Lexical Alignment to Non-native Speakers


  • Iva Ivanova University of Texas at El Paso, USA.
  • Holly Branigan University of Edinburgh, Edinburgh, UK.
  • Janet McLean Abertay University, Dundee, UK.
  • Albert Costa Universitat Pompeu Fabra, Barcelona, Spain.
  • Martin Pickering University of Edinburgh, Edinburgh, UK.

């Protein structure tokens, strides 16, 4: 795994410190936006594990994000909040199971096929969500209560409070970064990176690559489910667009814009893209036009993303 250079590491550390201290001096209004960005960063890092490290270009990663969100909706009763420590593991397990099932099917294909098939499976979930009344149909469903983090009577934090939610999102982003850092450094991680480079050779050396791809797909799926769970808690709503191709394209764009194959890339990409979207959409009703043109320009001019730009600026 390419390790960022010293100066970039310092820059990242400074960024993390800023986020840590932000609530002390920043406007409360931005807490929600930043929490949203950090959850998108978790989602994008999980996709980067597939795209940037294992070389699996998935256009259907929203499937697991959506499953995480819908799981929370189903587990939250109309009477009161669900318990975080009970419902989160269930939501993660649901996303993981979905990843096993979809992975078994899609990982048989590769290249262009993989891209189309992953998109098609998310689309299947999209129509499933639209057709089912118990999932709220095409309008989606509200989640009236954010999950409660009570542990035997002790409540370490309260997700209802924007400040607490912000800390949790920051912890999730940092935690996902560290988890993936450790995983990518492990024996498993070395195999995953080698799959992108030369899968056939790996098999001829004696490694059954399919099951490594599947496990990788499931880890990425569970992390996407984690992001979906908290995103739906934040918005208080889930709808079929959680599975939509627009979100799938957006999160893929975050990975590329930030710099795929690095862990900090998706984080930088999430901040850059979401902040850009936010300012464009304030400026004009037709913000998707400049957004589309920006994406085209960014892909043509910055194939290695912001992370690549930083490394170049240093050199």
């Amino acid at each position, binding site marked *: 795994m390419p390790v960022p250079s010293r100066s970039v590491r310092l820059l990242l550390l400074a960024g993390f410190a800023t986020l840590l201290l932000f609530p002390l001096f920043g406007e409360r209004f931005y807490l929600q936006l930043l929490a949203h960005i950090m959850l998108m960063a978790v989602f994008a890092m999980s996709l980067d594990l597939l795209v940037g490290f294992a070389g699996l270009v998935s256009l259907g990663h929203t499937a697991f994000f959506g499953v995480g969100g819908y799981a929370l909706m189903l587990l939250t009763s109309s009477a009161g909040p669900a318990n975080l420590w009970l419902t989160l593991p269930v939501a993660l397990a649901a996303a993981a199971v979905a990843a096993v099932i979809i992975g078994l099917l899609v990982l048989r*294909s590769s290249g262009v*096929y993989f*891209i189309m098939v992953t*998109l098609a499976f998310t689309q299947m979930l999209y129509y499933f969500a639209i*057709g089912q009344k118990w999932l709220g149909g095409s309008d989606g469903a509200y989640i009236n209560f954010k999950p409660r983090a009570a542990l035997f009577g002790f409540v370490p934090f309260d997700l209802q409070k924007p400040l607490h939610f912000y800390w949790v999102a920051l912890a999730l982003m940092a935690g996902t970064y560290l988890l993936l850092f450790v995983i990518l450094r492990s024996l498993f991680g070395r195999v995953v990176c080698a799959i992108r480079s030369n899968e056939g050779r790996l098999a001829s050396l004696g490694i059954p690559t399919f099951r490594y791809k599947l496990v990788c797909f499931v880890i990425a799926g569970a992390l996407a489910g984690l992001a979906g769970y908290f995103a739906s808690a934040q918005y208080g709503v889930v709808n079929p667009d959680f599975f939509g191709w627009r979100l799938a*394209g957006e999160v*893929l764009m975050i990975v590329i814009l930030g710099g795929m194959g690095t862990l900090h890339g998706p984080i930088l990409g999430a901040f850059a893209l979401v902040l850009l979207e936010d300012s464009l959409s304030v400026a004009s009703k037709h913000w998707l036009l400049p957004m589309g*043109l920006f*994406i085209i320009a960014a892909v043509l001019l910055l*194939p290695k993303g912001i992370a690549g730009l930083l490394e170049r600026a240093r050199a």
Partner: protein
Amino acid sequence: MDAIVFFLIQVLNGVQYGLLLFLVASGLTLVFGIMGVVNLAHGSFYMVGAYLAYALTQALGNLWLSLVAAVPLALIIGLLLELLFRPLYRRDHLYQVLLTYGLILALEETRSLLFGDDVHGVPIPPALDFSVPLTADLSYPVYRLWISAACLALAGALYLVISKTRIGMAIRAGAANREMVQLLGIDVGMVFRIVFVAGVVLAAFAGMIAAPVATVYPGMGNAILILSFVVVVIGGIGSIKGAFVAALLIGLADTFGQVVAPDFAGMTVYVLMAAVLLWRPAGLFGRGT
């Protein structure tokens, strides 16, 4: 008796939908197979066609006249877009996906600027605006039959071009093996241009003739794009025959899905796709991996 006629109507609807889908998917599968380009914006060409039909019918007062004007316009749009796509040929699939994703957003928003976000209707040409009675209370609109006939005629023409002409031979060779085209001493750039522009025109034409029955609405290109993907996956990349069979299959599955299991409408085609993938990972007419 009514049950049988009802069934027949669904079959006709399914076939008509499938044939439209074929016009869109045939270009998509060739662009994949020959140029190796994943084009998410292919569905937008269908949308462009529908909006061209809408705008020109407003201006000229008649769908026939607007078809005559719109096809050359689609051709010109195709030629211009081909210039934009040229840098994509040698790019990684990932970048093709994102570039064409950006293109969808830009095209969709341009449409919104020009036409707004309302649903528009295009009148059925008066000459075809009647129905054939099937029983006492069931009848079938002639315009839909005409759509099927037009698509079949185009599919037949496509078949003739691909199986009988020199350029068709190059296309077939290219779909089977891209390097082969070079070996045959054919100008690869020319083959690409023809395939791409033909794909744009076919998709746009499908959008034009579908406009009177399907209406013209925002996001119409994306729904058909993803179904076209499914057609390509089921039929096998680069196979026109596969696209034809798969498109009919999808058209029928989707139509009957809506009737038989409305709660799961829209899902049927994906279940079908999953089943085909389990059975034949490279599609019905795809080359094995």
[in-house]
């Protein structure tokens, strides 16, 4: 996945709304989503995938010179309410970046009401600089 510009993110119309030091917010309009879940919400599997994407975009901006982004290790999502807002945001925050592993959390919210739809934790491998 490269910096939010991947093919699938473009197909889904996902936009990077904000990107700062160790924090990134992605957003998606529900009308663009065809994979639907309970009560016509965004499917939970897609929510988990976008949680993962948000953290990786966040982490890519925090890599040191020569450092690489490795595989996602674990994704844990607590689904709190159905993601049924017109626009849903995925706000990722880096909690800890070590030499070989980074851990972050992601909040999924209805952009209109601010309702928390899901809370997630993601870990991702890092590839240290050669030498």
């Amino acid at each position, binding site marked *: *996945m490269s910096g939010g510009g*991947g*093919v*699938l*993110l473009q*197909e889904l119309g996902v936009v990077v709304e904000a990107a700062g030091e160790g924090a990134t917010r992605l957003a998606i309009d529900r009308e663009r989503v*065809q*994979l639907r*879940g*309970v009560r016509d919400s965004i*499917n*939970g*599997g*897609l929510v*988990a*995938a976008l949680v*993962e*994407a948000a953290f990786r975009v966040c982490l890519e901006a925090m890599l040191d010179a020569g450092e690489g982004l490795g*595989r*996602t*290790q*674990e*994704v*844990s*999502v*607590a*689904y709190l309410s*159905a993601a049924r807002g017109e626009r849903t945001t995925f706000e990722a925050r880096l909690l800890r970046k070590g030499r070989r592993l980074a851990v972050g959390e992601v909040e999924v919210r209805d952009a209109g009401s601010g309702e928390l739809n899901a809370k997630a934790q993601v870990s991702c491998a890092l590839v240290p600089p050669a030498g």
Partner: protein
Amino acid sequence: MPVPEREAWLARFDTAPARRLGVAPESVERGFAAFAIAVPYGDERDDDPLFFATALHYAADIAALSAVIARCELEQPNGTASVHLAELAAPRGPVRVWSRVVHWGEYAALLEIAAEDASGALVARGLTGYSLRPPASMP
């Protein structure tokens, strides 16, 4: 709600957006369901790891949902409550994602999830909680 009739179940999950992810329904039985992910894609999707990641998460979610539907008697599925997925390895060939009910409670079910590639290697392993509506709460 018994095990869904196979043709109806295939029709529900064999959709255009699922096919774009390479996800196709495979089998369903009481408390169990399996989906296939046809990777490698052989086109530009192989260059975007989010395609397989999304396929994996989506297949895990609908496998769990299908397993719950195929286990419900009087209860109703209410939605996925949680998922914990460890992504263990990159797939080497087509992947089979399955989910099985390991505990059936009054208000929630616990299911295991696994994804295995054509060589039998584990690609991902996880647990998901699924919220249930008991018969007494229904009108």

Two picture-matching-game experiments investigated if lexical-referential alignment to non-native speakers is enhanced by a desire to aid communicative success (by saying something the conversation partner can certainly understand), a form of audience design. In Experiment 1, a group of native speakers of British English that was not given evidence of their conversation partners’ picture-matching performance showed more alignment to non-native than to native speakers, while another group that was given such evidence aligned equivalently to the two types of speaker. Experiment 2, conducted with speakers of Castilian Spanish, replicated the greater alignment to non-native than native speakers without feedback. However, Experiment 2 also showed that production of grammatical errors by the confederate produced no additional increase of alignment even though making errors suggests lower communicative competence. We suggest that this pattern is consistent with another collaborative strategy, the desire to model correct usage. Together, these results support a role for audience design in alignment to non-native speakers in structured task-based dialogue, but one that is strategically deployed only when deemed necessary.